2012 Summary

Project Peregrine has been intensively monitoring the breeding population of Peregrine Falcons (Falco peregrinus) within the Ontario side of the Lake Superior Basin, and northwestern Ontario since 1996.

This field season started out the same as in past years but due to some unexpected funding delays and intense precipitation, the 2012 monitoring produced some of the poorest results. Peregrines returned to the cliff sites approximately the same time as in the past (mid-late March) and many pairs were established by early April. On May 28, the Thunder Bay area experienced an intense weather system, and more than 100 mm of rain fell in just a few hours. Many peregrine territories that were active in April had no sign of adults or chicks in June. Productivity on the east side of Lake Superior was much better. Project Peregrine has been fortunate to receive the Ontario Ministry of Natural Resources Species at Risk Stewardship Fund to cover the cost of the June helicopter survey in the past. This year, Project Peregrine received notice that we were successful in receiving funds for the helicopter survey but the announcement was not made until July 17, about four weeks after the survey should have taken place. A portion of this funding was directed to covering volunteer banding expenses. Project Peregrine was able to assist OMNR staff on a limited helicopter flight that looked at approximately 25 territories around Thunder Bay and Nipigon on June 21.

In 2012, there were 48 peregrine falcon territories identified. There were 39 territorial pairs, and 9 single birds on territory. The breeding success of the 39 territorial pairs consisted of 29 breeding pairs, of which 20 pairs were known to have fledged 38 young. The number of chicks assumed to have fledged would be significantly higher, but 9 confirmed nesting sites were not visited a second time to confirm fledging success. Eleven sites that were previous occupied were also surveyed in 2012 but no birds found. There were 48 previous territories that were not surveyed in 2012. Four new territories (Keemle Lake, Mica Bay, Gargantua, and LSPP- Beauvier Point) were confirmed in 2012.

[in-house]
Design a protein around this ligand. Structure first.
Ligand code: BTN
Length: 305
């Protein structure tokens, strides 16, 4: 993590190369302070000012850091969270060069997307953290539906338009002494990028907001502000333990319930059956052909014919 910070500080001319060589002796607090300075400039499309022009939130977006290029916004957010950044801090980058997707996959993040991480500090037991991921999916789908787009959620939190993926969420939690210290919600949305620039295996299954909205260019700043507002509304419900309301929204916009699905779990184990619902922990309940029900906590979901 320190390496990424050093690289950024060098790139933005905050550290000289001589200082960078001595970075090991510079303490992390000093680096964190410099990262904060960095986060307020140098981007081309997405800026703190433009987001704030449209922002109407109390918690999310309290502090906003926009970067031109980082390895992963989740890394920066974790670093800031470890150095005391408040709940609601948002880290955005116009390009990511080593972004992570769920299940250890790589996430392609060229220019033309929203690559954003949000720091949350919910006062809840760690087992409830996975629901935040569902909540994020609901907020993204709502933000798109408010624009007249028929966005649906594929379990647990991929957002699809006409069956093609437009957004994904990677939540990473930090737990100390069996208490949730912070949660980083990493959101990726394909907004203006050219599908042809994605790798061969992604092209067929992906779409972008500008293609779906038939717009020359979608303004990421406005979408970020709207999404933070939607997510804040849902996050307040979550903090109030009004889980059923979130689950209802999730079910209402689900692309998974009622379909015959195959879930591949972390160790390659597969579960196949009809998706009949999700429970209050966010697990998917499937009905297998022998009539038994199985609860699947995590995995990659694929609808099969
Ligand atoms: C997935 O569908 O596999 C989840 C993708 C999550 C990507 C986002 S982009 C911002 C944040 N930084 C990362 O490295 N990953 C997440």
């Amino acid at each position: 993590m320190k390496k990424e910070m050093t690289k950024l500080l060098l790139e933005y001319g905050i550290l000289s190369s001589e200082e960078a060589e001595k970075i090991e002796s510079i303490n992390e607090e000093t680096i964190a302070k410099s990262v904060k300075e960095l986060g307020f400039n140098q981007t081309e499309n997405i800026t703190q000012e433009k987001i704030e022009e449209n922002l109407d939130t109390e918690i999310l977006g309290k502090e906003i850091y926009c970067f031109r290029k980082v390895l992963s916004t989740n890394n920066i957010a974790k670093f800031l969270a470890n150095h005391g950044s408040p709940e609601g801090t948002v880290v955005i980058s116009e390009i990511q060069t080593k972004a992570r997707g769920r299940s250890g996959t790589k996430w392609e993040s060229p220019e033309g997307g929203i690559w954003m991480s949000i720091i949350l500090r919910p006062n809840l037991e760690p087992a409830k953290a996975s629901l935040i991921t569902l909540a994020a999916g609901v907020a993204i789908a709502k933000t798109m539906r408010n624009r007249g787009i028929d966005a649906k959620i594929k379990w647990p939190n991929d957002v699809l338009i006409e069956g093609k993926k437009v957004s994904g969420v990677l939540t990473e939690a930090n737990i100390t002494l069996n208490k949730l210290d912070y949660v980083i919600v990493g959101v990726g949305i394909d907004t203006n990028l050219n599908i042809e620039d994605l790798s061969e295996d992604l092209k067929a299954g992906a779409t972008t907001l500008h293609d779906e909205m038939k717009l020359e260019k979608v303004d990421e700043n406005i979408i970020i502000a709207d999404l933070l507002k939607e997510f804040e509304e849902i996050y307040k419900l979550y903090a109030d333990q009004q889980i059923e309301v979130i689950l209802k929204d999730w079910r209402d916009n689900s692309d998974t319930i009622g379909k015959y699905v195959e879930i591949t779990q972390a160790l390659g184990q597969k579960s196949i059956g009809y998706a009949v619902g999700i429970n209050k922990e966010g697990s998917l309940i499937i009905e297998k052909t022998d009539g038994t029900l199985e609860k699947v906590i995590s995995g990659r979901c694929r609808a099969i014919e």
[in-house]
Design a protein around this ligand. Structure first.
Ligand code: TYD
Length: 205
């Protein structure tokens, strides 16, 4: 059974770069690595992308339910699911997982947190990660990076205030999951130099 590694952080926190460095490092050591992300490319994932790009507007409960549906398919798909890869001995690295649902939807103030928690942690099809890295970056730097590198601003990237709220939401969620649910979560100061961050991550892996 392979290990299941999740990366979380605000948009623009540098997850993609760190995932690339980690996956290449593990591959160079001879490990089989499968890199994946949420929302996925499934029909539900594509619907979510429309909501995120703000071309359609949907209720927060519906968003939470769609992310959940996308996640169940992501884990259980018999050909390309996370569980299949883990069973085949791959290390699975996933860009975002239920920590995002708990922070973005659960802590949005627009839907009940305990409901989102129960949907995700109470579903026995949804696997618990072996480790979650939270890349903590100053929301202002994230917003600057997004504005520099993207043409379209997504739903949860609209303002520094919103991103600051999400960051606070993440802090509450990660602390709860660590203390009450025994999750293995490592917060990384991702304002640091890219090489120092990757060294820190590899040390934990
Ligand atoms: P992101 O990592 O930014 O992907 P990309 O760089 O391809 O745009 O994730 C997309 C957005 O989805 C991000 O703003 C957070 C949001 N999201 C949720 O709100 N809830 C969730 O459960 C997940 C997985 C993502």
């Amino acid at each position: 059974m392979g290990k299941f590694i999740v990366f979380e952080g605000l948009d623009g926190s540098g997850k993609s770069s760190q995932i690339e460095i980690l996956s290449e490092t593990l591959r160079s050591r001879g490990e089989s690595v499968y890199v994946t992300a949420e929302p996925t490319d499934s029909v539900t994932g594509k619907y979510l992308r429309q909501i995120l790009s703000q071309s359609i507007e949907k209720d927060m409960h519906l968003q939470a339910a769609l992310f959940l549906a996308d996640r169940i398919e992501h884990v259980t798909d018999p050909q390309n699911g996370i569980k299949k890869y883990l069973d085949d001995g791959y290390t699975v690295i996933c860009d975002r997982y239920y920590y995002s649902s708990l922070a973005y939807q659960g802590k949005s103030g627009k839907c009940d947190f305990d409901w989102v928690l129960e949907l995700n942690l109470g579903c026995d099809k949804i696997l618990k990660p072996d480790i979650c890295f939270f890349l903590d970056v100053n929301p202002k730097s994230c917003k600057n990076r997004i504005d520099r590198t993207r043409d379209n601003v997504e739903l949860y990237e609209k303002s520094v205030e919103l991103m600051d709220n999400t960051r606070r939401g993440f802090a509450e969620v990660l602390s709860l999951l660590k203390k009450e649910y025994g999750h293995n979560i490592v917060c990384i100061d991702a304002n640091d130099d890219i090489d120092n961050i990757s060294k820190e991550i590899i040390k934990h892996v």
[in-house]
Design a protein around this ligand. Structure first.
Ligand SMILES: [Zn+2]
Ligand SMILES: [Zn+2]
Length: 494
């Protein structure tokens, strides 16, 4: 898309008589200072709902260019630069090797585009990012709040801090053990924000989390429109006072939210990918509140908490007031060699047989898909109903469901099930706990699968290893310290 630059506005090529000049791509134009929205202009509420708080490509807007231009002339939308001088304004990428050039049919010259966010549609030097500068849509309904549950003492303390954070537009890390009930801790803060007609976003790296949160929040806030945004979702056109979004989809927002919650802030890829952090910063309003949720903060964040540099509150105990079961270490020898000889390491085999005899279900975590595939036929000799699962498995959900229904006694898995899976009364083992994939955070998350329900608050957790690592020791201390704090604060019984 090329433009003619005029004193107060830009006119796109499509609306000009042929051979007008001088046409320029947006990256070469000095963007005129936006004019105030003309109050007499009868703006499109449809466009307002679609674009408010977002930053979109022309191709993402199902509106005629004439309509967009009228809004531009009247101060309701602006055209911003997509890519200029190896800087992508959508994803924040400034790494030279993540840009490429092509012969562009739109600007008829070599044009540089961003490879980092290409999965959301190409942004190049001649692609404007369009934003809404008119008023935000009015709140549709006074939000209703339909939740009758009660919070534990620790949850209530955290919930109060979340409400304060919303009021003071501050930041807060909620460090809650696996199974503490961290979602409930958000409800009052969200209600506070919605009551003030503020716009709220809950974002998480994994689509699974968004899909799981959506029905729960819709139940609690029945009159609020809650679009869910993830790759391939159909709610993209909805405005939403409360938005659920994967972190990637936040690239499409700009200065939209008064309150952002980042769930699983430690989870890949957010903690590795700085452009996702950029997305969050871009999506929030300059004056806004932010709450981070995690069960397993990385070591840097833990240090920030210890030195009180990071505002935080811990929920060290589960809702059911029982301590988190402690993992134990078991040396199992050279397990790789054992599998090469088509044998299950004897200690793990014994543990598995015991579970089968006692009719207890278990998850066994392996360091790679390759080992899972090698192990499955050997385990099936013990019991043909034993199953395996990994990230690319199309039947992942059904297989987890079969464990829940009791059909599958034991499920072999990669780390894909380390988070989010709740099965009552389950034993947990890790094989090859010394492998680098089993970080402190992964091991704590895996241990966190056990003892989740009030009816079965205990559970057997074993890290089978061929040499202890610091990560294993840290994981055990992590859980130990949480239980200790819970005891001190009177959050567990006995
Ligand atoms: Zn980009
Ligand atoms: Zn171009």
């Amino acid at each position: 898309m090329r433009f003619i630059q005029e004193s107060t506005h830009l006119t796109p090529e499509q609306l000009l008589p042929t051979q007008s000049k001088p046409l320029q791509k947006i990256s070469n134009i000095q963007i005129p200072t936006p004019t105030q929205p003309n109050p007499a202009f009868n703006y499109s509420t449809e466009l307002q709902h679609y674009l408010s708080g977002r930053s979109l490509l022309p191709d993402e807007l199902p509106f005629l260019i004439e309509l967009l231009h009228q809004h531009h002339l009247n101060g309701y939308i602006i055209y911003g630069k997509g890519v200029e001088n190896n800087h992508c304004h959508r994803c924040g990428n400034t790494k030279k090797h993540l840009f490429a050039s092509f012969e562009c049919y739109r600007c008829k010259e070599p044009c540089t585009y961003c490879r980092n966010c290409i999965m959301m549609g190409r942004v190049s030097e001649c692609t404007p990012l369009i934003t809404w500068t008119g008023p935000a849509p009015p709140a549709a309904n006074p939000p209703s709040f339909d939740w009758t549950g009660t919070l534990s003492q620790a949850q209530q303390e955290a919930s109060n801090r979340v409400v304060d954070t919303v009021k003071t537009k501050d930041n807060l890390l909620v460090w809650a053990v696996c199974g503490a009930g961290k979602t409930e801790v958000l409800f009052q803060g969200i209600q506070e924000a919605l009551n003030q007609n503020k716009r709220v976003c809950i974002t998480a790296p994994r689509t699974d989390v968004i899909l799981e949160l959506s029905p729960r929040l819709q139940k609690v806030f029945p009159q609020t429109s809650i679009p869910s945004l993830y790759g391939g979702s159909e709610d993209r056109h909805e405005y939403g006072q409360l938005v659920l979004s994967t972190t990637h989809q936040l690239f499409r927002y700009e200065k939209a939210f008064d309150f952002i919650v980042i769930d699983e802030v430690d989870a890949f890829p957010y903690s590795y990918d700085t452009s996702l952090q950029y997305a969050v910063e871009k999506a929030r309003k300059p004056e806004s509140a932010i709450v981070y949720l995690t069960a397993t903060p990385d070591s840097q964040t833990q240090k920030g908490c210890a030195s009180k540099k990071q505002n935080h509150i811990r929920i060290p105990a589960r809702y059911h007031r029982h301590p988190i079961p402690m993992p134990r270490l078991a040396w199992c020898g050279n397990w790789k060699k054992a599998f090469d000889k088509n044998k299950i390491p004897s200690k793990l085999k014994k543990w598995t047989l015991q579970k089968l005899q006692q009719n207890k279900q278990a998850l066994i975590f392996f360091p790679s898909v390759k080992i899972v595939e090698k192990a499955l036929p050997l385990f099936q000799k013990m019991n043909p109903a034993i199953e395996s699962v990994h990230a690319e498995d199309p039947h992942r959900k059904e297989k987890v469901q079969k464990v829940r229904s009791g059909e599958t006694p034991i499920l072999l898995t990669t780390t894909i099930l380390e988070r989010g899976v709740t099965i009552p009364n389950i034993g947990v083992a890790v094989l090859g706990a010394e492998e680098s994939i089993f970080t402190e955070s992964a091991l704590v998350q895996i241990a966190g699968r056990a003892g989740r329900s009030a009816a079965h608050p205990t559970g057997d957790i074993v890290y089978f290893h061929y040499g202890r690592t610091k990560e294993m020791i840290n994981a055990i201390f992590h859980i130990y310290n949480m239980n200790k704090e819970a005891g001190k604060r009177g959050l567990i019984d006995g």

Only five nests sites were accessed for banding, and 10 chicks (6 males and 4 females) were banded. Banding was initiated on June 15, and concluded on July 2. The ten chicks banded was the lowest number banded since the banding program started in 1996 (16 chicks banded). Only one chick was noted as having blow fly (Calliphoridae) maggot infestation in its ears. To date, 511 peregrine falcon chicks have been banded since 1996.

Project Peregrine is indebted to the many volunteers, Pukaskwa National Park and OMNR staff who took time to survey known cliff sites, and new cliff sites for peregrine activity in 2012. Their time and efforts are greatly appreciated. To the banding team climbers: Frank Pianka, Leo Tardif, and Rod Swatton, who make up the banding team, a special thank you for your expertise and 102 hours of donated time. Your continued interest in this project is also greatly appreciated.

Funding received by Project Peregrine to continue the monitoring and banding of peregrine falcons was provided by the Ontario Ministry of Natural Resources Species at Risk Stewardship Fund.